Nicolette Mashile is co-host of the SABC1 talk show Daily Thetha, an actress on Generations and the founder of Financial Bunny, a platform she uses to teach financial literacy within the South African context.
“I registered Financial Bunny in 2017, but that part of my career actually started in 2016 when I left my corporate job,” she says. Up until that point Nicolette had failed her first degree after high school, moved in with her sister, gotten 2 other qualifications and bought her first investment property by coincidence.
“I saw the for-sale sign while I was jogging and decided to view the place. The price was good, it came with a paying tenant and I had enough savings to buy it cash.”
Today, she’s a millionaire with 5 investment properties in her portfolio. There is one thing, however, she wishes she’d done differently, and that’s start her financial education much earlier.
Why financial literacy?
Before she left her corporate job, Nicolette posted a video on Facebook about how she manages her money and it received a lot of interest. She soon realised the widespread need in South Africa for practical financial guidance.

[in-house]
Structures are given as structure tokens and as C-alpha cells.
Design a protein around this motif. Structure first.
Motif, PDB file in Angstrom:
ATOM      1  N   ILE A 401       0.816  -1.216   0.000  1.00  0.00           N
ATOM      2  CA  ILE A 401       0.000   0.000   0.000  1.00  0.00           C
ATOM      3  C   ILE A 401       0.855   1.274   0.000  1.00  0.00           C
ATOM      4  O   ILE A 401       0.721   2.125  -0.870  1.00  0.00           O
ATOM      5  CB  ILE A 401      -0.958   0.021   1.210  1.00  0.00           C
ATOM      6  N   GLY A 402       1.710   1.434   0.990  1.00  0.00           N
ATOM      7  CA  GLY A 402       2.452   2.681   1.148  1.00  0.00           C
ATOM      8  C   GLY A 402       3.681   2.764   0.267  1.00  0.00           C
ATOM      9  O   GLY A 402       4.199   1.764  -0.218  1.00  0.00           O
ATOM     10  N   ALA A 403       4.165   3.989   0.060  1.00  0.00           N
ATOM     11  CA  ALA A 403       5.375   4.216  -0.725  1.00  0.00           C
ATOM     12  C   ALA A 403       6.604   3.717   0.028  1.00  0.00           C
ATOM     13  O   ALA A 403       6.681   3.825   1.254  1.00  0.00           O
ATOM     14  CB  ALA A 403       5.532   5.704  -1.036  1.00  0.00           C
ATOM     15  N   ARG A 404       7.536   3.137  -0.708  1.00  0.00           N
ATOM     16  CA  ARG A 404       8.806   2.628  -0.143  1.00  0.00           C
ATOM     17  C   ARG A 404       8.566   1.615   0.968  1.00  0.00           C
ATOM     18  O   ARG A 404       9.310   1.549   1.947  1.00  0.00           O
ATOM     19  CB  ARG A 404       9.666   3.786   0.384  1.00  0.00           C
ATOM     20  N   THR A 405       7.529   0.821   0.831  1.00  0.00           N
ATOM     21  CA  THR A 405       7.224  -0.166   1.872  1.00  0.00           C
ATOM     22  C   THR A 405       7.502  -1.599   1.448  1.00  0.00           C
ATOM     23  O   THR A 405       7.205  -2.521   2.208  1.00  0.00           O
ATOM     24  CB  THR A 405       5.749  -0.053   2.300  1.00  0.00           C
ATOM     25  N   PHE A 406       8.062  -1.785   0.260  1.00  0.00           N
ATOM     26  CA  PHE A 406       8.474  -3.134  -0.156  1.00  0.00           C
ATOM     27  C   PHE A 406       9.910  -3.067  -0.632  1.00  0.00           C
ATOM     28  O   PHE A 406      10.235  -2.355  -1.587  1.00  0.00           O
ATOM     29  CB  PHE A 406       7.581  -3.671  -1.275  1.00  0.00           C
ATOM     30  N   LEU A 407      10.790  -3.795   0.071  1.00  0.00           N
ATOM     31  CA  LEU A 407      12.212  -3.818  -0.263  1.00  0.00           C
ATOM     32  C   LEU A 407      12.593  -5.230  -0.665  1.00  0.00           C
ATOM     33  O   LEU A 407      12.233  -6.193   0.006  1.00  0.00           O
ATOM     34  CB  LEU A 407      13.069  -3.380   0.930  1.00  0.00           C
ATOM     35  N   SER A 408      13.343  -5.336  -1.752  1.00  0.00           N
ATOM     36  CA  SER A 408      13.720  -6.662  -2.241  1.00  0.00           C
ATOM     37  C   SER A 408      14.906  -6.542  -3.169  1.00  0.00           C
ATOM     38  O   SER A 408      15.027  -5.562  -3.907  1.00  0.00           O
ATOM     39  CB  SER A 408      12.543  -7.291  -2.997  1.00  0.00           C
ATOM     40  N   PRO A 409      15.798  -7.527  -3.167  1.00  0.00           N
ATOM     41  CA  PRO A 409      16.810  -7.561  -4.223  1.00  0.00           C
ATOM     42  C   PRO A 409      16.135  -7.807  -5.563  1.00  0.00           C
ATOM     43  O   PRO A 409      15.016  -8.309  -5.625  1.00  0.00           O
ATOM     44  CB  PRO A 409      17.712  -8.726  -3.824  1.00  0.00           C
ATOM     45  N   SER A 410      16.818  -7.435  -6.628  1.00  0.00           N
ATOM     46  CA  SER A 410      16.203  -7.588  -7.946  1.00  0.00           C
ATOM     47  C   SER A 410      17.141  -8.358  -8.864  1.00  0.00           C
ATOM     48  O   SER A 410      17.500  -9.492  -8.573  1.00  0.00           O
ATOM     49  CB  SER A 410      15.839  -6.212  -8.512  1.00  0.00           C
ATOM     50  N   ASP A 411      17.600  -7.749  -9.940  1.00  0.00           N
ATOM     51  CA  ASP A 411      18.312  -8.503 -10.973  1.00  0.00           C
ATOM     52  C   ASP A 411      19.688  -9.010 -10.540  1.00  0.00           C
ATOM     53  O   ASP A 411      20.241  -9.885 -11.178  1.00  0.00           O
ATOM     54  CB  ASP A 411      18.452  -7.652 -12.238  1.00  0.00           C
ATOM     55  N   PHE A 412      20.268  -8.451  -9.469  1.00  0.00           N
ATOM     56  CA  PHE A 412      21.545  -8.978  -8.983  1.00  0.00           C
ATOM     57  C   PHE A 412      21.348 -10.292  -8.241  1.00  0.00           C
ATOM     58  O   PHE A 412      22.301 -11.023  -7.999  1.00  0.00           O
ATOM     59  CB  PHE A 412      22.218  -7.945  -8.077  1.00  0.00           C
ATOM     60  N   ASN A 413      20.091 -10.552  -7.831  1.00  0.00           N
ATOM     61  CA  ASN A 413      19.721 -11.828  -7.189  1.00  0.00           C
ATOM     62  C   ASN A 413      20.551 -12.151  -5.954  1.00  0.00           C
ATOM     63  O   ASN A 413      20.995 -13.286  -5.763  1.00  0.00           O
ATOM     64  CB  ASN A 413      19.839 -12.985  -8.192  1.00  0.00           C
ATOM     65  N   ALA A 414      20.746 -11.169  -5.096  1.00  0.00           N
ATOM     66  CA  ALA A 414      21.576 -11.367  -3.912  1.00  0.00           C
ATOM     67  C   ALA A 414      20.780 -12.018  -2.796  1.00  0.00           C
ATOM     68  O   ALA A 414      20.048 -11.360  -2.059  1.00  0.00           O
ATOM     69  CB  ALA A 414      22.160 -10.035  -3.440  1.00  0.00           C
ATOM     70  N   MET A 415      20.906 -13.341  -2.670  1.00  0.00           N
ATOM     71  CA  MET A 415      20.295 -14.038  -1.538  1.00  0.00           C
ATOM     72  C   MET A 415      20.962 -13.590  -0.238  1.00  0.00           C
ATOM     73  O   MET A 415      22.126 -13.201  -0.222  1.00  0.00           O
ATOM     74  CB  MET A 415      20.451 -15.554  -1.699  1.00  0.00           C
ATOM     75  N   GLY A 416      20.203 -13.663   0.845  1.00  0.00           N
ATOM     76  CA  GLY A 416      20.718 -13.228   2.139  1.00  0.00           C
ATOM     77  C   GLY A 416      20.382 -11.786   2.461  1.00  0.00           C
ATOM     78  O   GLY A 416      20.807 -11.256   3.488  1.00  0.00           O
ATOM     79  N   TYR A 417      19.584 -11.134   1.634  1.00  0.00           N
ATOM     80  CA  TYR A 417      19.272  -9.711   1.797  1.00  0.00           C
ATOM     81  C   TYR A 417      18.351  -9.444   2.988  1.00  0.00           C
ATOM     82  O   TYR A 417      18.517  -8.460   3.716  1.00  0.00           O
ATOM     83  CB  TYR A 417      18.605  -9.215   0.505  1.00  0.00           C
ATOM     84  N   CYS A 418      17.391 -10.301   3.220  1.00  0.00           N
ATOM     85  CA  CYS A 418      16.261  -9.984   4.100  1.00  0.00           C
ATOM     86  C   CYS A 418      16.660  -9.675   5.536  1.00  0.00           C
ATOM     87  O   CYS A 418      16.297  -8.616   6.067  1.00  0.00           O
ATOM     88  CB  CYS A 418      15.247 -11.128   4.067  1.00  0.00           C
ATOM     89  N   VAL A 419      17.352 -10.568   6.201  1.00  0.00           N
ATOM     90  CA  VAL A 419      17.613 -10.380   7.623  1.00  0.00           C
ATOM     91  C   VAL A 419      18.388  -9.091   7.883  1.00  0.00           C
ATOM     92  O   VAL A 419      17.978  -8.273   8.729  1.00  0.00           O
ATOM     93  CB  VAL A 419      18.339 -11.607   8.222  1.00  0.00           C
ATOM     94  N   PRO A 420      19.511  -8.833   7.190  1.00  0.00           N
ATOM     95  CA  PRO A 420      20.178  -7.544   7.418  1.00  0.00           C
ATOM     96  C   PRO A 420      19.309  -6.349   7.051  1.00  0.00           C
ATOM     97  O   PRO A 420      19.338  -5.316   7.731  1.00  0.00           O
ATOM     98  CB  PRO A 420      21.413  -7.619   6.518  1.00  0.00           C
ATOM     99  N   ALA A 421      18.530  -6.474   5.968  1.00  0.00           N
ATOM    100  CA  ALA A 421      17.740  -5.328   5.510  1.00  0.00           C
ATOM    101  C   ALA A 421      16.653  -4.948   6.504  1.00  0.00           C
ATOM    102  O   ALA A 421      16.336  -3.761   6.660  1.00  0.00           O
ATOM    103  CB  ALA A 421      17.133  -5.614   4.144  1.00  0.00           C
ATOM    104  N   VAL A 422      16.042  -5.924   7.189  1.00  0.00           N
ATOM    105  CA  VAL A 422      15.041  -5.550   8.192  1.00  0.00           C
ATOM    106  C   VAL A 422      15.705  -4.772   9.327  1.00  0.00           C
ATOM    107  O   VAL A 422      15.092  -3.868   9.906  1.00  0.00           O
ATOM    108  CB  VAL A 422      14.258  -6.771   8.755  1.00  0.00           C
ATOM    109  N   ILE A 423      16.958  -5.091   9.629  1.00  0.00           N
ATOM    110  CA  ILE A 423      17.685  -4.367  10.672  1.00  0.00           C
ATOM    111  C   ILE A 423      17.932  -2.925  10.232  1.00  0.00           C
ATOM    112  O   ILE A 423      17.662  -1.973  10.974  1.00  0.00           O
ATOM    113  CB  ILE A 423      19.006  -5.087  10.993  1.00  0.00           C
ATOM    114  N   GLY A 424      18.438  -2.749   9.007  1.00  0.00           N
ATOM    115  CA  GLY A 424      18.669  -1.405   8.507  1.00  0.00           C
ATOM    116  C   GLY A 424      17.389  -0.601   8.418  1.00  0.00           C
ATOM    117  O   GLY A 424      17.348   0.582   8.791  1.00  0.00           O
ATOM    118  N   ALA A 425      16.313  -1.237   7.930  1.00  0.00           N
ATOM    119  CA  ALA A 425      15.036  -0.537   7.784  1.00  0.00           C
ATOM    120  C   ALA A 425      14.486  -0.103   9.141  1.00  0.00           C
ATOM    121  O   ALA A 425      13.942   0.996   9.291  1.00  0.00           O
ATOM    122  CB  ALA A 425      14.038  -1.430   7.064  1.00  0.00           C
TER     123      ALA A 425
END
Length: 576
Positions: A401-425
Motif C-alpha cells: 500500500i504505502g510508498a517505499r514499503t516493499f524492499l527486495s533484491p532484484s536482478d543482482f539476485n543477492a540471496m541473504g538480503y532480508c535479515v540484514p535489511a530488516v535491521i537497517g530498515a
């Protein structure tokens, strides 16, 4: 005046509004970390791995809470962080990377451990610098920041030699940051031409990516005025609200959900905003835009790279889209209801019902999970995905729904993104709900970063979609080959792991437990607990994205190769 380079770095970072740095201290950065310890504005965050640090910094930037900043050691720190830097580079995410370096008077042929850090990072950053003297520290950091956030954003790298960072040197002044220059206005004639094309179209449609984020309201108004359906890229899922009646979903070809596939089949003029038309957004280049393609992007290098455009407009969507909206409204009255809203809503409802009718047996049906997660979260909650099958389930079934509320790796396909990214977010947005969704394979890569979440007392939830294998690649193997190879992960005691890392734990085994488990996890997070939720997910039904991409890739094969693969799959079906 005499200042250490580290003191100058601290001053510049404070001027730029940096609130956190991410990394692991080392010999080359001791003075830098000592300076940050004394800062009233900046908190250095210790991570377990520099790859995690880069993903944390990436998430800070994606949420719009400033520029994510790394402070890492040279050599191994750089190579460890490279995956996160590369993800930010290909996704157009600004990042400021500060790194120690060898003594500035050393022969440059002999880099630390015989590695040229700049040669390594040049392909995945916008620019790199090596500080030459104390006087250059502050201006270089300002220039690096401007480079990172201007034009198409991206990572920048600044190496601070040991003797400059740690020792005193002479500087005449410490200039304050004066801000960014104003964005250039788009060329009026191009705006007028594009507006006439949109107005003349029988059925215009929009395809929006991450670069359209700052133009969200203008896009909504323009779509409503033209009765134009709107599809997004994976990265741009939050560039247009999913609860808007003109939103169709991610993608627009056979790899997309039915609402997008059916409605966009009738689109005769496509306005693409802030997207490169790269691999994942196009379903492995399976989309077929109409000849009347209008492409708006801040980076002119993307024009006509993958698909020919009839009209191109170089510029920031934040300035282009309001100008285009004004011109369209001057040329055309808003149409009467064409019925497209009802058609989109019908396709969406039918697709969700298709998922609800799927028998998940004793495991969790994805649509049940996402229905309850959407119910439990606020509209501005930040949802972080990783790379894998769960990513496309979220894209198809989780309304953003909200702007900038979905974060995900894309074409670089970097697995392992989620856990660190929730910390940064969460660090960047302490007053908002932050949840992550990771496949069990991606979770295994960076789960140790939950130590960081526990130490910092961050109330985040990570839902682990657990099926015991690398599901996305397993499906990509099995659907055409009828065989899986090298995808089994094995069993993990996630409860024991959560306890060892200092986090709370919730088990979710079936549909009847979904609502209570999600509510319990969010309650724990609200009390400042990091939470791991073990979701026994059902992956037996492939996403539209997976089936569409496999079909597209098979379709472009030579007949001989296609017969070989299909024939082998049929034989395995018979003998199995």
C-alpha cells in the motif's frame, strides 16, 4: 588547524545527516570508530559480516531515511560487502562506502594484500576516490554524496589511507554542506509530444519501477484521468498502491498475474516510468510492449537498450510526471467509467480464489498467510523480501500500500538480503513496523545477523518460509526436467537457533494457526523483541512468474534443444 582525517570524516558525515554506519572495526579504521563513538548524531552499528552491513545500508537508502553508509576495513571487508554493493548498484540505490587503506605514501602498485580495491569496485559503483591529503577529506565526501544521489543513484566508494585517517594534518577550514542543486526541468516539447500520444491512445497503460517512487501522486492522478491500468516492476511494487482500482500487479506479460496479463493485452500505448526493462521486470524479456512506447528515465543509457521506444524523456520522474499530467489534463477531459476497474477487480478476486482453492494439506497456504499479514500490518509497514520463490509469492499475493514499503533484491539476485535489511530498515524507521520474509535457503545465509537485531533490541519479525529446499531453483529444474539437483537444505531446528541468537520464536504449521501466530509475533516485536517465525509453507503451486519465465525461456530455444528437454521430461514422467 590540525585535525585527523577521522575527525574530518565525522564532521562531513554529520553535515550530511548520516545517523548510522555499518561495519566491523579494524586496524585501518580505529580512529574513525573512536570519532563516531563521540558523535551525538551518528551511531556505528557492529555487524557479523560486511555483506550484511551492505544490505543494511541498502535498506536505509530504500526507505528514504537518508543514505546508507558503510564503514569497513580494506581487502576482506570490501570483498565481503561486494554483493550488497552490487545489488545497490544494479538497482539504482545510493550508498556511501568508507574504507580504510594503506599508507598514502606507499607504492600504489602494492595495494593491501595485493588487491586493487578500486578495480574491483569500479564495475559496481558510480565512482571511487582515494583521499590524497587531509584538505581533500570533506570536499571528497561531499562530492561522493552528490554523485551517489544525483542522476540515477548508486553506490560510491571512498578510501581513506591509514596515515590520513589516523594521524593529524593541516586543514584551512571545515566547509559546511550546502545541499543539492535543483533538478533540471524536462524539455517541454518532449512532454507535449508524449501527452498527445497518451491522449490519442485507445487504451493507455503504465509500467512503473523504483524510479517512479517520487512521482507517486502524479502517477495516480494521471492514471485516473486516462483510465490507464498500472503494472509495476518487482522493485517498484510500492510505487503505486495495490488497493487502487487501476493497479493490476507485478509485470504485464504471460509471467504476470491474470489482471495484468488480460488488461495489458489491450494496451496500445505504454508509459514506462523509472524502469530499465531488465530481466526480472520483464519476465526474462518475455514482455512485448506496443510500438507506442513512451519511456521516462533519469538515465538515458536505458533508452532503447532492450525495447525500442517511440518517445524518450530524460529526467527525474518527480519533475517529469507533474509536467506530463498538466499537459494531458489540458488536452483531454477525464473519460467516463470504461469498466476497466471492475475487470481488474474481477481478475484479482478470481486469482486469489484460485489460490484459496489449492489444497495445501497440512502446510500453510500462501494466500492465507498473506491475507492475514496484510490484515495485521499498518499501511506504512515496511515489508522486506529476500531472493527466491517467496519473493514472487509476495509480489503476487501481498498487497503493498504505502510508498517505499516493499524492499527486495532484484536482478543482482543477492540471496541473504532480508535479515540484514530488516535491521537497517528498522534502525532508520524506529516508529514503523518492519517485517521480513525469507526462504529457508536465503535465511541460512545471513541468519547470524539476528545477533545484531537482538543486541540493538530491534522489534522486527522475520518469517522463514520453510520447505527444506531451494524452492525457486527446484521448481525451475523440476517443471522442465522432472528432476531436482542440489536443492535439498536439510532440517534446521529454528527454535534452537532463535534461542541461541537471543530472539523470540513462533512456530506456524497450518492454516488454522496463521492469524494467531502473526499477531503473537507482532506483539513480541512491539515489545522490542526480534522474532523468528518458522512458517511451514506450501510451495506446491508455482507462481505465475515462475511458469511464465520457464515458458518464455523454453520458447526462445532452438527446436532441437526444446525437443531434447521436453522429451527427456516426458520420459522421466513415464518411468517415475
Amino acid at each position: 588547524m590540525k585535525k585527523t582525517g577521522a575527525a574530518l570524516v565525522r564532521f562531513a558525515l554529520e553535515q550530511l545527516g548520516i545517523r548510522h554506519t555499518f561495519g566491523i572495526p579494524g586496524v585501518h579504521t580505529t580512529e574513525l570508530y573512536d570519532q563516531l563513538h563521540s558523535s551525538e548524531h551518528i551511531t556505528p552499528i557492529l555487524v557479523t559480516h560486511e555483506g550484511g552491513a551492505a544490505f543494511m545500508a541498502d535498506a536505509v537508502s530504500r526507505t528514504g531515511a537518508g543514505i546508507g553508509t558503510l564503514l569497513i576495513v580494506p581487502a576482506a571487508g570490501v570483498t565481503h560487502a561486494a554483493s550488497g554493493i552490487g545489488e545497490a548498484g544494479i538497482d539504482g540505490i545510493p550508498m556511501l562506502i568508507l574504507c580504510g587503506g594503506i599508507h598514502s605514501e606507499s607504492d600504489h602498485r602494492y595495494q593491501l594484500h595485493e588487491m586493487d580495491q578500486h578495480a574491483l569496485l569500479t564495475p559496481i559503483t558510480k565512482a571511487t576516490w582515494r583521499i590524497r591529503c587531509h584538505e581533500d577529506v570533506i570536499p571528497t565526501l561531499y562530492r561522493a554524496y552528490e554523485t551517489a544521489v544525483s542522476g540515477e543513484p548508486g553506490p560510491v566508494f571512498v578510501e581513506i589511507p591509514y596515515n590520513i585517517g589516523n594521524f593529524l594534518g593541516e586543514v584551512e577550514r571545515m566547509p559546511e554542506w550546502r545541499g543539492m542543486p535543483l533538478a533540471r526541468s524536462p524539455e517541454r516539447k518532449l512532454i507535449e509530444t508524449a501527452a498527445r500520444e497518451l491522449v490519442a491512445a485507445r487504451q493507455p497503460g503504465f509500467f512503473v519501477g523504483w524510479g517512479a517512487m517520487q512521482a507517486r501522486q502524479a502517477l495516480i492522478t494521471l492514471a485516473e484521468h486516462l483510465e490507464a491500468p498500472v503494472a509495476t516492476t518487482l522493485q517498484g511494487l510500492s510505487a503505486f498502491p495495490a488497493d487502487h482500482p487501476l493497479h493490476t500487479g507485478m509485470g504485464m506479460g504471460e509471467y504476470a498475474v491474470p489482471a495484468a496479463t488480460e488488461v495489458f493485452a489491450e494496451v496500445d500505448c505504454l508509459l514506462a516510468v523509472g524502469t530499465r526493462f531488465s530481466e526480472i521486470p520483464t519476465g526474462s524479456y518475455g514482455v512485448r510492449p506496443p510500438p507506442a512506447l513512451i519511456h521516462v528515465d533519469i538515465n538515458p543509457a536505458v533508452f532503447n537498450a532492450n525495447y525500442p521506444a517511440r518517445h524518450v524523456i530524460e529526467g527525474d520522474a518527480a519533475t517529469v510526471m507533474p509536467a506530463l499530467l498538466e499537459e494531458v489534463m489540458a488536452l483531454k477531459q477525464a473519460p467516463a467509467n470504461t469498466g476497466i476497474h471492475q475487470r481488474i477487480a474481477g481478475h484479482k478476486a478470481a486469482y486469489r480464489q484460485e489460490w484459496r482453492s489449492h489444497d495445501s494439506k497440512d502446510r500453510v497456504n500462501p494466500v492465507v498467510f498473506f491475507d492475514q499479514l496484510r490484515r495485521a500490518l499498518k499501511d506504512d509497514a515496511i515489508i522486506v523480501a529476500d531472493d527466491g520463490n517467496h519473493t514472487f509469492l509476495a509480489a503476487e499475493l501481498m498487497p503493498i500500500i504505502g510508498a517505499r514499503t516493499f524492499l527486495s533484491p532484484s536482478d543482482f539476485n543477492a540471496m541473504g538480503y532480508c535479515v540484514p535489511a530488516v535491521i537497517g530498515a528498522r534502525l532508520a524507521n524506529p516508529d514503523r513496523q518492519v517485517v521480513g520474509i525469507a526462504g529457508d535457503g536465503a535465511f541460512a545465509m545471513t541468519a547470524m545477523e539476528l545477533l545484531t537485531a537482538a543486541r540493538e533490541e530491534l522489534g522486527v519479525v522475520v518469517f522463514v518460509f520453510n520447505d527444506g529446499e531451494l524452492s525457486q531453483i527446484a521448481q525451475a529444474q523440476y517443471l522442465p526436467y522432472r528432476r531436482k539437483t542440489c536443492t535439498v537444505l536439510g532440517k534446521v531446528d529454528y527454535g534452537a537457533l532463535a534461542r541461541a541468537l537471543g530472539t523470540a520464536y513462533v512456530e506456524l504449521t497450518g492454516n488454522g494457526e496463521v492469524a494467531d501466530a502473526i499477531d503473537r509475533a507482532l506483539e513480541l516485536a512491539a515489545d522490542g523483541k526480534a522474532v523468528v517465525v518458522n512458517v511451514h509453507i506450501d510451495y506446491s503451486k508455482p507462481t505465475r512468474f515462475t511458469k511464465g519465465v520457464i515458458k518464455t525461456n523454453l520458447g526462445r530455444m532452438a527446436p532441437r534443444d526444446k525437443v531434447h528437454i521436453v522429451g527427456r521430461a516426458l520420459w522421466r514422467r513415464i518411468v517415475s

“If you’re not a finance person, money can seem boring and difficult to understand, but it’s not. It’s part of our everyday decisions. Even what you pack in your lunch box to work – that’s a financial decision.
“A lot of people live pay cheque to pay cheque, because they grew up in a family where everyone is in debt. That’s not the norm, and it shouldn’t be. We’ve been socialised to believe we’re bad at money, but you can’t be bad at something you’ve never been taught.”
Nicolette doesn’t believe she’s especially good with money, but she had an opportunity to work and save as much as possible early on. “I’m very cautious with money, because I don’t know when it’s going to run out. I started wanting more and more, and I was willing to work until the wee hours. At one point I had 7 jobs.
“If I didn’t buy that first property, I would’ve found something else to spend that money on, because I just wanted it out of my account. Property seemed like the right investment to protect myself from materialism, instant gratification and spending money on frivolous things.”
What I wish I’d known sooner
“When I started doing research for my book, I spoke to my parents and I could not believe all the financial lessons they had that they could’ve shared with me much earlier.
“We’re so scared to talk about money with our parents, because we don’t want to seem rude. But there are decisions I could’ve avoided if I’d started having these conversations earlier.
“There’s definitely a disadvantage to not knowing any better. If I could go back and learn as much about money as I could, I wouldn’t have put all my money into property – I would’ve diversified investments. I also would’ve learnt about how to tap into compound interest with a simple savings account.”
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